I have always been curious about the Leatherman Serac S3. It seemed like a simple, yet robust design with a lot of features that I really like in a flashlight. After I did a commentary about the light, found here, I came into a bit of unexpected cash, and bought one. Here it is on my slate slab background (which makes for easier and interesting macro shots):
I have been carrying it now for a while, and used it exclusively on a recent trip out of state. I have also let my infant son play with it and he beat it to smithereens. He would put it in his mouth, he would drag it along pavement, he would use it to tap baby-Morse code on heating elements in the airport, he used it to play a game of dropsy that lasted about an hour. In other words he did to this light what I would never do on purpose. The light wasn't expensive and I really bought it to test, so I wasn't overly concerned. Surprisingly, given this torture test, it held up very well.
Check the original article, linked above, for the product page, street price, and reviews. Amazon reviews are good. It has an average of 4.84 stars, with 45 reviews, 40 of which are 5 star reviews.
The Serac comes from a tool company. It looks more like a tool than a piece of tactical gear. It has a two-toned appearance with a stainless steel bezel and a HAIII aluminum body. It has a clever pocket clip that can be removed without tools (tool-less changes have become ALL the rage in power tools; Jacobs chucks are so passe). It has a responsive clicky. It is small without being fiddly. The design is simple and effective. No bullshit.
Fit and Finish: 2
Surprisingly from a badge swap light made for a multitool company, this little sucker is nice. The threads slide well, the bulb is nicely centered. Everything is well made and the materials are quite nice.
The light is just the right size. Again, there is some magic ratio of length to diameter in EDC lights and this one hits it dead on. There is no knurling, but the hex body tube and the clip give you plenty of grip, even in the rain, which this light went through on my recent trip (had to go the hospital in the middle of the night during a rainstorm and it worked very well; see flashlights ARE useful).
Okay, so here is the thing--the beautiful, elegant, well-designed clip has failed three times. Once it failed when I had the light in my jeans and twisted the clip on accident. The light did not come out of my pocket, but the wire clip got dislodged from its channel at the end of the light. It did go back into place easy enough. One accident, okay, everything can fail once under weird conditions. But then after the game of dropsy with my son the clip came out again, this time marking up the end of the light a bit. See the scratches to the right of the wire clip in this picture:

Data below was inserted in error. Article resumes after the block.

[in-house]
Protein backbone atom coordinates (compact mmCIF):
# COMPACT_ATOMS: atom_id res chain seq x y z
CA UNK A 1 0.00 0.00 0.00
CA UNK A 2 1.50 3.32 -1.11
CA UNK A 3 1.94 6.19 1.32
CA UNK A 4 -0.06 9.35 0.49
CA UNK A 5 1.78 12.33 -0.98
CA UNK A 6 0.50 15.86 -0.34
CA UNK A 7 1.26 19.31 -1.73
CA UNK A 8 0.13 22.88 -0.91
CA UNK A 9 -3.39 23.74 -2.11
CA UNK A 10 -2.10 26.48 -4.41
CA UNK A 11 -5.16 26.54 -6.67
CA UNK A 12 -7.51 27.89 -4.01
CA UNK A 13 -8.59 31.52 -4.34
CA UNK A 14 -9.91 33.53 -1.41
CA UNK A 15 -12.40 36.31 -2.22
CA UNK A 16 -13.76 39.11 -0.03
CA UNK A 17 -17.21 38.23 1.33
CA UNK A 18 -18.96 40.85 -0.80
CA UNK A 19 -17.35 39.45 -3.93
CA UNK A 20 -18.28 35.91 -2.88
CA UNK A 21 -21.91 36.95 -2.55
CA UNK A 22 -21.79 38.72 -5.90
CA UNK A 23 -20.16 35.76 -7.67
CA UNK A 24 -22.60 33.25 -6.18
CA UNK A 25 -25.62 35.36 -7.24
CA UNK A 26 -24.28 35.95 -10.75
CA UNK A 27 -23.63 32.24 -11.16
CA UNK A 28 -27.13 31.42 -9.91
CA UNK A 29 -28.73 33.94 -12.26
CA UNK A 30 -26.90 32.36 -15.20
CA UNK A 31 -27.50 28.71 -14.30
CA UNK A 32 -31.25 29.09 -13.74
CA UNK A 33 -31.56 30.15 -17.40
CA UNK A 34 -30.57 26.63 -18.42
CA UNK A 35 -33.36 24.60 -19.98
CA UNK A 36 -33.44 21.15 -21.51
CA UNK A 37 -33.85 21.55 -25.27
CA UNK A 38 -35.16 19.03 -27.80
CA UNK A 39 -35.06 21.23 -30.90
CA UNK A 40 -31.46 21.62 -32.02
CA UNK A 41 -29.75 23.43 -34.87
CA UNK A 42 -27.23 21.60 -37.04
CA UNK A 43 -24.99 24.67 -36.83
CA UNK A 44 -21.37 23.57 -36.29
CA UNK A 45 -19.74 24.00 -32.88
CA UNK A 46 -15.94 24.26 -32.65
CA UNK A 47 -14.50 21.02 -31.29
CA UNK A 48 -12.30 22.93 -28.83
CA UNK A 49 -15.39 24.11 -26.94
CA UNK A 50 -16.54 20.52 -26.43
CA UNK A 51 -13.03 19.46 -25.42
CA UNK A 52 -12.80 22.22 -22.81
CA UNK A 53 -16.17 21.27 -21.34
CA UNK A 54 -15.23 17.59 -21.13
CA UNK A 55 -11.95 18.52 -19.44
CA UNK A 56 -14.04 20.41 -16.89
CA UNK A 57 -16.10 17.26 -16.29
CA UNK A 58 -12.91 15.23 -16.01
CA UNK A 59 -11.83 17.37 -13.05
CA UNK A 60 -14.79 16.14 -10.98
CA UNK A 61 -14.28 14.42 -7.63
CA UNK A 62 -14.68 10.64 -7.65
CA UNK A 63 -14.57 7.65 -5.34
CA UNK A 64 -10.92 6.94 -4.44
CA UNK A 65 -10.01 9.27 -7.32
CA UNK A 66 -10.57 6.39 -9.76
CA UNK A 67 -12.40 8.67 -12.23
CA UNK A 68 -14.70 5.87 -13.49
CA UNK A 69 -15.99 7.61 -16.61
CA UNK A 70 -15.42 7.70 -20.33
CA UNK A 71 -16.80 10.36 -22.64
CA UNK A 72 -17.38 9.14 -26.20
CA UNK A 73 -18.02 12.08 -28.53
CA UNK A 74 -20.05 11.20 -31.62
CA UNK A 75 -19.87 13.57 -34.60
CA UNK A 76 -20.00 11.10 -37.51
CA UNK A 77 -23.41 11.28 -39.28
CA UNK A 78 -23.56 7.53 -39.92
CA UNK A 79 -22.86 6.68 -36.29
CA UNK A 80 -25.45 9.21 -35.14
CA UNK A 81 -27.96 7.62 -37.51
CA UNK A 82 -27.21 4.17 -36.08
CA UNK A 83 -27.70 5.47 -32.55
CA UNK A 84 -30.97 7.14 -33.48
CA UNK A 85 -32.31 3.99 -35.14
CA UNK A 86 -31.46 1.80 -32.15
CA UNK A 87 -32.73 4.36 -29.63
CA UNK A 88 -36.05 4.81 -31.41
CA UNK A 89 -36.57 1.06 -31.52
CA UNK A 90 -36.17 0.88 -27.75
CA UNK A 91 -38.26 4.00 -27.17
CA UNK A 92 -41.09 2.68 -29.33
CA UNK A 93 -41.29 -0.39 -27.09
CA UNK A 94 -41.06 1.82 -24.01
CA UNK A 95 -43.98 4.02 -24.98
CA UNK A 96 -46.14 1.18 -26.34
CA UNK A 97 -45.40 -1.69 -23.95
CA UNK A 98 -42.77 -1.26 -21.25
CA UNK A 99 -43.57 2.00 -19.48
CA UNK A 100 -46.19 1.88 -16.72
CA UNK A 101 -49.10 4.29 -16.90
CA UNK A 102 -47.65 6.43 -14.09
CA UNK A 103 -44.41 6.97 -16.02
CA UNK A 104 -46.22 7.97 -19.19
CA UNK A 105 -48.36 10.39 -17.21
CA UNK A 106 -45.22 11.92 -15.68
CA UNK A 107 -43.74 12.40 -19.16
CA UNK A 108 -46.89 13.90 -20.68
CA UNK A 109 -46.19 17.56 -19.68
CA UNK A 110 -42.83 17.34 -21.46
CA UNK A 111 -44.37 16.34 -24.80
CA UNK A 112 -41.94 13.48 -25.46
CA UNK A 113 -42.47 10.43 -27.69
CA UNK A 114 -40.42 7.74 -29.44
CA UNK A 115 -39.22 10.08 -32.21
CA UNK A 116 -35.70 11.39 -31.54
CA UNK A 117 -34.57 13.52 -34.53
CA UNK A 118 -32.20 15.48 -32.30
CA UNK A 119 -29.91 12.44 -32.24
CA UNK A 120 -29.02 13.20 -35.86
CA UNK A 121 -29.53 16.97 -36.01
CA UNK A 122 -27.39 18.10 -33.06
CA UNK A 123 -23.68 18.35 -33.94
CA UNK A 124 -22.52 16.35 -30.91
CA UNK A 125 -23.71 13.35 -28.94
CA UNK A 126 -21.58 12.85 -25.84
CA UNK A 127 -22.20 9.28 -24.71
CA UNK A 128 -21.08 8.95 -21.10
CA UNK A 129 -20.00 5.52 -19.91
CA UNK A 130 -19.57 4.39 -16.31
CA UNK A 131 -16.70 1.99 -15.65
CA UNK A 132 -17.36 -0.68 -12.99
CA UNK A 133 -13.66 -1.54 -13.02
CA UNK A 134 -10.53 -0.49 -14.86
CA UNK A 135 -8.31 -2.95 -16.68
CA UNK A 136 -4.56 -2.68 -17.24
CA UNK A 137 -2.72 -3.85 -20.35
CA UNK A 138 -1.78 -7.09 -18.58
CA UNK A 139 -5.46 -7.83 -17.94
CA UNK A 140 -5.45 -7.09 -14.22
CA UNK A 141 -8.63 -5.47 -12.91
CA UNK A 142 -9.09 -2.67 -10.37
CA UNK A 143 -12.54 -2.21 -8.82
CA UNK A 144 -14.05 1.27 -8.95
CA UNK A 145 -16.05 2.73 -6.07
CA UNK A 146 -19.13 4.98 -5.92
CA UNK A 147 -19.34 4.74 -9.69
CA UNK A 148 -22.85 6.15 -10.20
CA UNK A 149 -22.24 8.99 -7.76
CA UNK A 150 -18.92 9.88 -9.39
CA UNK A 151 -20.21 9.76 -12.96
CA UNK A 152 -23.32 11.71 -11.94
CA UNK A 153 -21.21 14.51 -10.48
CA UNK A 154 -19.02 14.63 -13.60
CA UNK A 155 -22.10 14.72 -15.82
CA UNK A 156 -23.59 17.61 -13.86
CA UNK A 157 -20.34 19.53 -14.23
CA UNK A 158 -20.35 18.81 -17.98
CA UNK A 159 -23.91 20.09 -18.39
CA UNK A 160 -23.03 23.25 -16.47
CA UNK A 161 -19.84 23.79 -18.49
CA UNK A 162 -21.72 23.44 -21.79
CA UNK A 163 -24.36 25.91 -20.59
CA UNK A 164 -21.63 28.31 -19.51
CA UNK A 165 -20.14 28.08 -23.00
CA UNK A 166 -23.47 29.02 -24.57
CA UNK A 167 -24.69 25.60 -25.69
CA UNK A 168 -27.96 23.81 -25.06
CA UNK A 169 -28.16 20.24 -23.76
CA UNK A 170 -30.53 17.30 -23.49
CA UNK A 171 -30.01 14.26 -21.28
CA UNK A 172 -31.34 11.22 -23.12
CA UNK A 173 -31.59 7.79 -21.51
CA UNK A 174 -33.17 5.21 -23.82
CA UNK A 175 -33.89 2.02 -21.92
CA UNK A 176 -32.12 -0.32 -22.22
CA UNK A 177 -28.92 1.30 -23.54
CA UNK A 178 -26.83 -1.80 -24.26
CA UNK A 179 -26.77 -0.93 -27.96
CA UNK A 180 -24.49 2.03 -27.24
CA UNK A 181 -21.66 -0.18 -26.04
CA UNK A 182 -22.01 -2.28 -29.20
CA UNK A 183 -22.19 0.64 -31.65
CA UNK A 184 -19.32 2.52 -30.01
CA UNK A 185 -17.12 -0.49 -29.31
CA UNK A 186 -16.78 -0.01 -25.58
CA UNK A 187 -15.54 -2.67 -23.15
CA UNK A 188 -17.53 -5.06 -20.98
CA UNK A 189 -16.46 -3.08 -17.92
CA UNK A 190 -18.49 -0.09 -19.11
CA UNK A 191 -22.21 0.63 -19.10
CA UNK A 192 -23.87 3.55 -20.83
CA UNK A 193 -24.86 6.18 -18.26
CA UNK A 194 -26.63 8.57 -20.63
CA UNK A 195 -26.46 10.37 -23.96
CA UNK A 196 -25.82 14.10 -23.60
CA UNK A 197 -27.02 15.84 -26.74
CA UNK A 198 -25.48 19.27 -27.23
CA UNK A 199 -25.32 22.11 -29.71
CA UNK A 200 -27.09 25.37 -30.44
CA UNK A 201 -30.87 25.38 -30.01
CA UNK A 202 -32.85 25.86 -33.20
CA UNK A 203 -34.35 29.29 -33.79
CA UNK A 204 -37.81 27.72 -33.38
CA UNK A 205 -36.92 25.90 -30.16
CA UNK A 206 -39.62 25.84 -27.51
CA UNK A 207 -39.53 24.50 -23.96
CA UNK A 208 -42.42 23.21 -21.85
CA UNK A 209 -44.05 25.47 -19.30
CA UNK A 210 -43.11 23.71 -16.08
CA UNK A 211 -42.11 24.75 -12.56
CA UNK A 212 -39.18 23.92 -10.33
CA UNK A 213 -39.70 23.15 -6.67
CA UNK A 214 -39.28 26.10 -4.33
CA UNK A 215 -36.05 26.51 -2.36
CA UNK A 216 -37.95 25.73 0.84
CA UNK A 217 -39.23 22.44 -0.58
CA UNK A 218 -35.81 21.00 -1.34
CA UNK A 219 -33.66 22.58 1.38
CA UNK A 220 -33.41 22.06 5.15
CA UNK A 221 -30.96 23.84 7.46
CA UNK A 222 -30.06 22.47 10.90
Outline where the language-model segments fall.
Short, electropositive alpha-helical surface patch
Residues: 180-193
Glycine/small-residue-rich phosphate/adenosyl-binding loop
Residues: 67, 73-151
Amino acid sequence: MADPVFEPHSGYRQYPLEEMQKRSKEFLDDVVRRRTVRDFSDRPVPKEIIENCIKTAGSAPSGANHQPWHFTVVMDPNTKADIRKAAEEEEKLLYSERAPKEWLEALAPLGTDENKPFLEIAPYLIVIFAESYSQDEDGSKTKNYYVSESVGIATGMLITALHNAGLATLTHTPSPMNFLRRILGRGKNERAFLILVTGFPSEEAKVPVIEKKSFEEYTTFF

The marks to the left were dust and fine debirs from the slate piece. So how you rate the clip? It works, it is inconspicuous, it can be changed to multiple directions, and it can do this or be removed entirely without tools. But in extreme situations it can and has come apart. In the end, for all its cool factor and potential, the clip fails.
The light is a bit old coming out about two years ago and being discontinued a year later. The output, thus, isn't up to snuff with the newest and greatest bleeding edge emitters, but it is still plenty bright with a good low, medium, and high, even if the high doesn't burn paper.
Again, the light's age is a limitation, but the runtimes are plenty good, especially on low. They aren't Muyshondt Aeon great, but then again nothing is.
Beam Type: 2
This is a nice balance between throw and flood, a perfect compromise for a EDC light. It has more throw than a keychain light, but not as much as a dedicated thrower. Good job with the head and the reflector.
Beam Quality: 2
The beam quality is excellent with no artifacts and very little shape distortion, as the beam is nice and round. The hotspot is big enough and the spill is usefully bright.
And here it is--a model UI for all flashlights other than the Haiku. As I recounted here, the UI is just about perfect. The three settings are nicely chosen and easily accessible without the need to pass through useless strobe and beacon modes. Plus you can half press to jump up in brightness without the light ever going out. Great UI.
Hands Free: 1
So the tailcap doesn't lay completely, perfectly flat. See here:
That makes the light wobble ever so slightly when tailstanding. It still can do it, it just seems a little intoxicated. The clip does a very good job as an anti-roll device.
Overall Score: 17 out of 20
When you look at all of the lights out there with weird and crazy UIs, all the lights with ridiculously complex body tubes, and all the lights with goofy clips and lanyards you wonder, after using this little gem, how things got so unnecessarily complicated. The UI is simple enough. The light is bright and runs long enough. Why make things more complicated than they need to be? So you can incorporate "new" "features" as part of a scheme of planned obsolescence, probably. The clip can be something of a bust when you really push it, but other than that, this is a great little single cell EDC light.